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Global Agriculture - An Insight

 
 
Agriculture has played a major role in human history, and agricultural progress have been crucial contributor to socio-economic improvement but its importance has been widely lost from sight since its success lead in most case to a significant decrease of the food share on overall household spending: In 2007, whereas one third of the world's work forces were employed in agriculture, agricultural production accounts for less than five percent of the gross world product (an aggregate of all gross domestic products).

Agriculture has expanded vastly in geographical coverage and yields. Throughout this expansion, new technologies and new crops were developed. Agricultural practices as irrigation, crop rotation, fertilizers, and pesticides were developed long ago for better productivity, but have made great strides in the past century.

Revolution in Agriculture:

A remarkable shift in agricultural practices has occurred over the past century driven by new technologies: Mechanization, synthetic nitrogen, mined rock phosphate, pesticides have greatly contributed to increase yields in the early 20th century in return increased supply of grains and improved breeding led to cheaper livestock and increase milk availability. Further, yield increases were obtained when high-yield varieties of common staple grains such as rice, wheat, and corn (maize) were introduced as a part of the Green Revolution which exported technologies of the developed world to the developing countries and allowed the world to produce food surplus.

With passage of time nevertheless, agriculture productivity gains started diminishing and wider consideration emerged : concept of soil conservation, nutrient management became increasingly recognized .whereas Soil conservation and nutrient management have been important concerns since the 1950s, by the most advanced farmers who took at heart a stewardship role on their land, increasing consumer awareness of agricultural issues led to the rise of community-supported agriculture, local food movement, and commercial organic farming.

Agricultural Output Equilibrium: 

Large supplies and a strong US dollar are keeping international food prices under downward pressure. The outlook for the coming season is unlikely to diverge much from the current situation, but currency movements and macroeconomic developments may have important implications for markets again in 2015/16. Against this backdrop, the world food import bill is forecast to reach a five-year low in 2015.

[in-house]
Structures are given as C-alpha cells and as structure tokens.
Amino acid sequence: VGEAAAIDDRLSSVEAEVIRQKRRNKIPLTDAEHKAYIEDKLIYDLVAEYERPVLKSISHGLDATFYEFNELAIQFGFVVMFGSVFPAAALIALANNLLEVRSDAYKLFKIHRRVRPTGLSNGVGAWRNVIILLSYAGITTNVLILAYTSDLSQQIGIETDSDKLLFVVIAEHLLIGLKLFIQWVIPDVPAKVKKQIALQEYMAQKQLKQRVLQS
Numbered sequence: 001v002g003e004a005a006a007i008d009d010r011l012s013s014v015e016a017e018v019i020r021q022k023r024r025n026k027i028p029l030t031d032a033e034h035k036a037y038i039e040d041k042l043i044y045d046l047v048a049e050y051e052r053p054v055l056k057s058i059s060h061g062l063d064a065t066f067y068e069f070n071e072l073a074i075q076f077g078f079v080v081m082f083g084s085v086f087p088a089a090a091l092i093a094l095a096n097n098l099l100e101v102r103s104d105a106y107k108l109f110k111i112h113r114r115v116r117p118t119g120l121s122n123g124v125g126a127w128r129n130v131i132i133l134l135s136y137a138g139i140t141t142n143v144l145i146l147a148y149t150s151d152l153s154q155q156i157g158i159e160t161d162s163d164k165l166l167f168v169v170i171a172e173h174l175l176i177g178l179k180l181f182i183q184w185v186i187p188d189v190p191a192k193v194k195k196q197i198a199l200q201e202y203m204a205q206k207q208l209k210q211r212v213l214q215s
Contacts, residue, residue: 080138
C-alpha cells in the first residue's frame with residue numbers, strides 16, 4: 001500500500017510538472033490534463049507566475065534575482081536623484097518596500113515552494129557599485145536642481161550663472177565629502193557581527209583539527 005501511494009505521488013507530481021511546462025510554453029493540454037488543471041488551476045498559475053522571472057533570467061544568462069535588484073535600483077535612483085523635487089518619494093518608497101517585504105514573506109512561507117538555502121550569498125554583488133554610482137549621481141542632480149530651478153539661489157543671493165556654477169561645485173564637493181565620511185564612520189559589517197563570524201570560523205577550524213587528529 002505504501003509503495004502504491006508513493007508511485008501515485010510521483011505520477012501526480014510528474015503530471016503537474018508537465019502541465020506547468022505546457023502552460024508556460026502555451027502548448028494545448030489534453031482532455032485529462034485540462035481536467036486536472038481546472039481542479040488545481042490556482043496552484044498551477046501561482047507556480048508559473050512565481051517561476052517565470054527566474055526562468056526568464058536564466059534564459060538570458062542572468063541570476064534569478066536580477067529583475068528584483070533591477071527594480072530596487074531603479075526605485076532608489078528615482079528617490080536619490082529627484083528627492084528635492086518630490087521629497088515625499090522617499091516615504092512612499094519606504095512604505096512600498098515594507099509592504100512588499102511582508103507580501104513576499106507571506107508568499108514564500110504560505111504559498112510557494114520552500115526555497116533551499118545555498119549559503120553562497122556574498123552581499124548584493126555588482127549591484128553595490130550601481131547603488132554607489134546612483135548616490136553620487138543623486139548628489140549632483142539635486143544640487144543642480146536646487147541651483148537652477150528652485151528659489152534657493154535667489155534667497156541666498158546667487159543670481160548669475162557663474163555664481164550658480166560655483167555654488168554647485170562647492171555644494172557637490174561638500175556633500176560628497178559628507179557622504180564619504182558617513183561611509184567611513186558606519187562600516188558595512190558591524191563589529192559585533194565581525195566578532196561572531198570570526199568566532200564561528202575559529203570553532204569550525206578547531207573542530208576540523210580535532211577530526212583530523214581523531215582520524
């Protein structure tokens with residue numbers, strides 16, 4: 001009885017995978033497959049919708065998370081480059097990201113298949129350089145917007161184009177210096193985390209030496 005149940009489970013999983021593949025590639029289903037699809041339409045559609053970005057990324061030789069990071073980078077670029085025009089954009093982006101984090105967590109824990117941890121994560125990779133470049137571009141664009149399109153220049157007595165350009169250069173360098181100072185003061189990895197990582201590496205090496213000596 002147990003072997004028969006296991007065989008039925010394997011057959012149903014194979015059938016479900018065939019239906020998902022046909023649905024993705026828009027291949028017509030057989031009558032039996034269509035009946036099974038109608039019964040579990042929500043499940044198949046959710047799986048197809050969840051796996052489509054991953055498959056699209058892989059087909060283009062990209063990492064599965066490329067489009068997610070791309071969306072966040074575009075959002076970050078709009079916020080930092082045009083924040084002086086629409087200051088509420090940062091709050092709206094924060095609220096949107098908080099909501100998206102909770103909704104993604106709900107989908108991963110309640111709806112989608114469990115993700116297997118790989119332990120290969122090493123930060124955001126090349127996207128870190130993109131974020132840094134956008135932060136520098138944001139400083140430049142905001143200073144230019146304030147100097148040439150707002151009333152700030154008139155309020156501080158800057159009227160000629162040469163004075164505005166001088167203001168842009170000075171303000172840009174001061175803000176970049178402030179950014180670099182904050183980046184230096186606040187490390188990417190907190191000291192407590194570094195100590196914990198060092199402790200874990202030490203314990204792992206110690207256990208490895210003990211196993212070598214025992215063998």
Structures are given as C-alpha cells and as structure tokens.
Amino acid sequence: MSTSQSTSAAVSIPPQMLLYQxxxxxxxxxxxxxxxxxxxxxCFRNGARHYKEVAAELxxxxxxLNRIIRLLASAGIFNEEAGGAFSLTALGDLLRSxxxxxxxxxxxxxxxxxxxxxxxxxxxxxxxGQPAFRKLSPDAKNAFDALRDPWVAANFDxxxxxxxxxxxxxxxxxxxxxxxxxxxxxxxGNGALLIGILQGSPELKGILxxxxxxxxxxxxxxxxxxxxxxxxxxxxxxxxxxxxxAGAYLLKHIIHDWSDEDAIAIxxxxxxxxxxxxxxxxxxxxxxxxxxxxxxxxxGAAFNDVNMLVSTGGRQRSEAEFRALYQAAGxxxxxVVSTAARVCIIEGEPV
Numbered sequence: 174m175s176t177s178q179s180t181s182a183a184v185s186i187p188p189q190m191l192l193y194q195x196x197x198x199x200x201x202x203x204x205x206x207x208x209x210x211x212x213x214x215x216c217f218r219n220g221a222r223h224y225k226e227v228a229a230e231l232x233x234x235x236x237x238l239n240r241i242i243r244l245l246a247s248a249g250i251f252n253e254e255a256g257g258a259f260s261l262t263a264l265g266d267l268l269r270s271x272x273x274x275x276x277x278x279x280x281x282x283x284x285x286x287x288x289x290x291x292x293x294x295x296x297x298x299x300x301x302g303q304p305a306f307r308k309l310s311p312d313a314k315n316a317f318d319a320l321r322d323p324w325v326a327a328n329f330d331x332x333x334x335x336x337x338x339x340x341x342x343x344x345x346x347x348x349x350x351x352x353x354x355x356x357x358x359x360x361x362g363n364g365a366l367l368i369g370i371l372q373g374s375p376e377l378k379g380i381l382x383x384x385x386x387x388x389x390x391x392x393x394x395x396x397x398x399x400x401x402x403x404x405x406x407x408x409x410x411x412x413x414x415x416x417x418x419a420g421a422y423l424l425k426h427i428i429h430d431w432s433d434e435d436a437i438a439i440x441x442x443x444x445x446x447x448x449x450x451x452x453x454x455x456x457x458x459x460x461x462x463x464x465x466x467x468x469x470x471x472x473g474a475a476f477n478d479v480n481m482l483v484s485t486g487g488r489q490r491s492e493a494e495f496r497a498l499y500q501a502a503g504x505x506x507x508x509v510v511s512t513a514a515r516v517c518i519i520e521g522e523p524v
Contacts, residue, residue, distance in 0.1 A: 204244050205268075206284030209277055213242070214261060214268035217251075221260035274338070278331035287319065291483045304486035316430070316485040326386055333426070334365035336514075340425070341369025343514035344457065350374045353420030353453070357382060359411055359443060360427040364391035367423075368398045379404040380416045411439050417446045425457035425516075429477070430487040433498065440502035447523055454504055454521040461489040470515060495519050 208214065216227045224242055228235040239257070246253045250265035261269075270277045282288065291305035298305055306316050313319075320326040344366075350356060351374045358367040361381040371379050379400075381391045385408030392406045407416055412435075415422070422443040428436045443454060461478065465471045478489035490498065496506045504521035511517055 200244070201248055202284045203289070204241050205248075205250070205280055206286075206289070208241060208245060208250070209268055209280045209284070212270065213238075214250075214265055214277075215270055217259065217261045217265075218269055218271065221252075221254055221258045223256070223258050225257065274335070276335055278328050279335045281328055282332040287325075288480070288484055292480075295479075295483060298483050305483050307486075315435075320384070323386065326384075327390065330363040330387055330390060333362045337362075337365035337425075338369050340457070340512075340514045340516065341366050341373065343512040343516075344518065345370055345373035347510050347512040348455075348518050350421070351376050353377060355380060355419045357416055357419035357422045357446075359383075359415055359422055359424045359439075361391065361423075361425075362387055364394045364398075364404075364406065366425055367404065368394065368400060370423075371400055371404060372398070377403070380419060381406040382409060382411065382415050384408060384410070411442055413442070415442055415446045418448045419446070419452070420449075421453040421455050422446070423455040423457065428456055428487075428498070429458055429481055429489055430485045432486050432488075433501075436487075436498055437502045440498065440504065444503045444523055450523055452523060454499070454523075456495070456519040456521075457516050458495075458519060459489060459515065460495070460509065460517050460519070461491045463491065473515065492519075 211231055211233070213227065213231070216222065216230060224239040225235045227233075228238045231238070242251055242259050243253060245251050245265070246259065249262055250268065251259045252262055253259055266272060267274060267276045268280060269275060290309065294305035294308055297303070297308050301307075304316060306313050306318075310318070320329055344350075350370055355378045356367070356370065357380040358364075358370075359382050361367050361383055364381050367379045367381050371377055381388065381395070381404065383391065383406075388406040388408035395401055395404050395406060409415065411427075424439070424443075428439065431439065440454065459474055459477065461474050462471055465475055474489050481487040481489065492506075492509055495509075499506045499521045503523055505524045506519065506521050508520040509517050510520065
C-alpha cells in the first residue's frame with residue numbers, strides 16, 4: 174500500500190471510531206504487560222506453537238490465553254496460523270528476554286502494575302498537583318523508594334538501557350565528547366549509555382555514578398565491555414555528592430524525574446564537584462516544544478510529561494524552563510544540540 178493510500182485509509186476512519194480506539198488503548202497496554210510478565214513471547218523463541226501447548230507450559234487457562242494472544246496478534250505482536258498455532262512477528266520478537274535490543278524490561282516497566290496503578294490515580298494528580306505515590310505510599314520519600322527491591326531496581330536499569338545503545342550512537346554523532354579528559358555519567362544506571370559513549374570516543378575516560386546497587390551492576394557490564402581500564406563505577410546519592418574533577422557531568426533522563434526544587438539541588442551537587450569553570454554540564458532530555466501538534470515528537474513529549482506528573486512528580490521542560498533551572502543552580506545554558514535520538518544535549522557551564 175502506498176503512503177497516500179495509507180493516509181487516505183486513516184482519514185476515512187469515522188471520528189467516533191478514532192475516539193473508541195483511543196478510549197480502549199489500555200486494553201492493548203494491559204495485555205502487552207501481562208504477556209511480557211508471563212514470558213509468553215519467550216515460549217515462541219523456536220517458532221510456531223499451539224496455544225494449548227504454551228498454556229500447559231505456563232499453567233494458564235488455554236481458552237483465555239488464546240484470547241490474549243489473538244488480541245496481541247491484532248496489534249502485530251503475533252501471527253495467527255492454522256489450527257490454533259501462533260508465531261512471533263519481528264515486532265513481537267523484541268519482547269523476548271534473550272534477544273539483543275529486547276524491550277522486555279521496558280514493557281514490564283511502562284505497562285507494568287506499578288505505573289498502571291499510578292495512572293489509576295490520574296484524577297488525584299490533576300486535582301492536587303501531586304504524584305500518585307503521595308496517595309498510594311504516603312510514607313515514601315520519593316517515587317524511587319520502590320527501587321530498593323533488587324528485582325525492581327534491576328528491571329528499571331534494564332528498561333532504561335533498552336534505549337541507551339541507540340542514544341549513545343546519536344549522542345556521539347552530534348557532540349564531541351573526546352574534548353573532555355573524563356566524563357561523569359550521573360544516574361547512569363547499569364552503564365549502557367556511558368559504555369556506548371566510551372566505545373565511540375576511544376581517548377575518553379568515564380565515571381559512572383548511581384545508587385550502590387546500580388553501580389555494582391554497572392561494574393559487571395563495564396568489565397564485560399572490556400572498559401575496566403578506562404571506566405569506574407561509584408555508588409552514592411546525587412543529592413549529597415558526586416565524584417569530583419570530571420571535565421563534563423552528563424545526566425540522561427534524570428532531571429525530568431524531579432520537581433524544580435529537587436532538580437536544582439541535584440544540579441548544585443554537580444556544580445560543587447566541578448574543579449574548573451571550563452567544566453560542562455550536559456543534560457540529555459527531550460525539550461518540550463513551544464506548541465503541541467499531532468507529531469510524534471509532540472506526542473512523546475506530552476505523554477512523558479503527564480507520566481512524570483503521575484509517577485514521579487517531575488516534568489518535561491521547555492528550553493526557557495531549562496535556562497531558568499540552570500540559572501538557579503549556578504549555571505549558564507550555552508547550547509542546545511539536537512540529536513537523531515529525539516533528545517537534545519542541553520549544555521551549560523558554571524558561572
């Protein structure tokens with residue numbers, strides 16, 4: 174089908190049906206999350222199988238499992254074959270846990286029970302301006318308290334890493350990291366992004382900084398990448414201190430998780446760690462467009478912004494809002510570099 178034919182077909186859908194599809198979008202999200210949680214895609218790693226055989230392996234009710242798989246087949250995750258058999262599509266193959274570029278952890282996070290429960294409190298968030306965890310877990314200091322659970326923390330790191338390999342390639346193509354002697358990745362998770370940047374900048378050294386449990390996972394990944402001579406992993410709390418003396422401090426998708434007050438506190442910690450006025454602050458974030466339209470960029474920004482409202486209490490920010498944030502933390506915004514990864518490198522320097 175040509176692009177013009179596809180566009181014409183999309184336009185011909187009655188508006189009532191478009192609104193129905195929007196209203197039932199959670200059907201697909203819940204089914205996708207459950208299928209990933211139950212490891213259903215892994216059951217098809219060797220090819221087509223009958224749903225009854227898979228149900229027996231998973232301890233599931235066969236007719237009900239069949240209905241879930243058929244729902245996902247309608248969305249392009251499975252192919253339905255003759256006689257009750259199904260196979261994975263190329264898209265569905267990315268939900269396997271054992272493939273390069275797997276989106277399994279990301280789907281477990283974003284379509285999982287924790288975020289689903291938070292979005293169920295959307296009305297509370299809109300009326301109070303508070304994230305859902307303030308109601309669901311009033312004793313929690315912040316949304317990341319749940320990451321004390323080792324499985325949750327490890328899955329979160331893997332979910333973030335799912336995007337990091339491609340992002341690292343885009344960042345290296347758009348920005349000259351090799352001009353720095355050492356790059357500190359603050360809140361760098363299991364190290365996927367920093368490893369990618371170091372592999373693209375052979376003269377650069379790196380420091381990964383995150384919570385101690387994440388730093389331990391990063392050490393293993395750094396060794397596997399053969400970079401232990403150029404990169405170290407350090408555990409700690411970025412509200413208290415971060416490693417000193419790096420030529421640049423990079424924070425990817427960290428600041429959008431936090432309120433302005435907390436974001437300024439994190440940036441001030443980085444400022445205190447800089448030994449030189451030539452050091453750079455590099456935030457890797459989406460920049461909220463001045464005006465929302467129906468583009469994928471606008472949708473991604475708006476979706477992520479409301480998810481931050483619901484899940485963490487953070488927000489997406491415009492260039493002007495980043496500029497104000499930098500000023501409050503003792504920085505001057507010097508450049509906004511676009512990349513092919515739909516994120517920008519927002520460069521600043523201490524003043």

Rice: A prolonged period of low international rice prices is prompting governments, especially in exporting countries, to shift to less supportive rice production policies, while also trimming public rice inventories, a stance that may dampen global production growth in 2015 and keep world trade in 2015 at near record levels.


Wheat: Overabundance of wheat supply is likely to continue into the 2015/16 season in spite of the forecast decline in 2015 production. Following two consecutive years of record crops, world wheat inventories are at sufficiently large levels. This, coupled with less buoyant growth in demand for feed wheat, could contribute to fairly stable market conditions in the new season.




PRICE VOLATILITY

Prices of agricultural commodities are naturally volatile owing to their dependence on unpredictable factors like the weather. Periods of low volatility pose little threat, which cannot be said of periods of high volatility. Excessive agricultural price volatility can have severe impacts on governments, in terms of financing imports, export earning risks and also terms-of-trade. Large impacts are also felt by farmers and consumers, especially in developing countries, where about 2 billion people live off small farms and spend large shares of their income on food items. Excessive price fluctuations do not allow stabilizing farm income or consumption, especially when coping mechanisms (e.g. storage, savings, access to credit and insurance) are not available. Thus, they can pose a serious threat to food security. What is more, vulnerable households are left with little scope to mitigate unusually high prices other than by lessening the intake of nutritious food, dropping out of school, lowering access to healthcare or distress sales of land and livestock. These responses can result in poverty traps and, accordingly, have long-term consequences. Producers are affected, too. As sellers of commodities, high volatility brings with it considerable downside price risk, which affects planting decisions and undermines agricultural investment where it is needed most. In addition, increasing volatility makes it difficult for farmers to extract price signals in production response.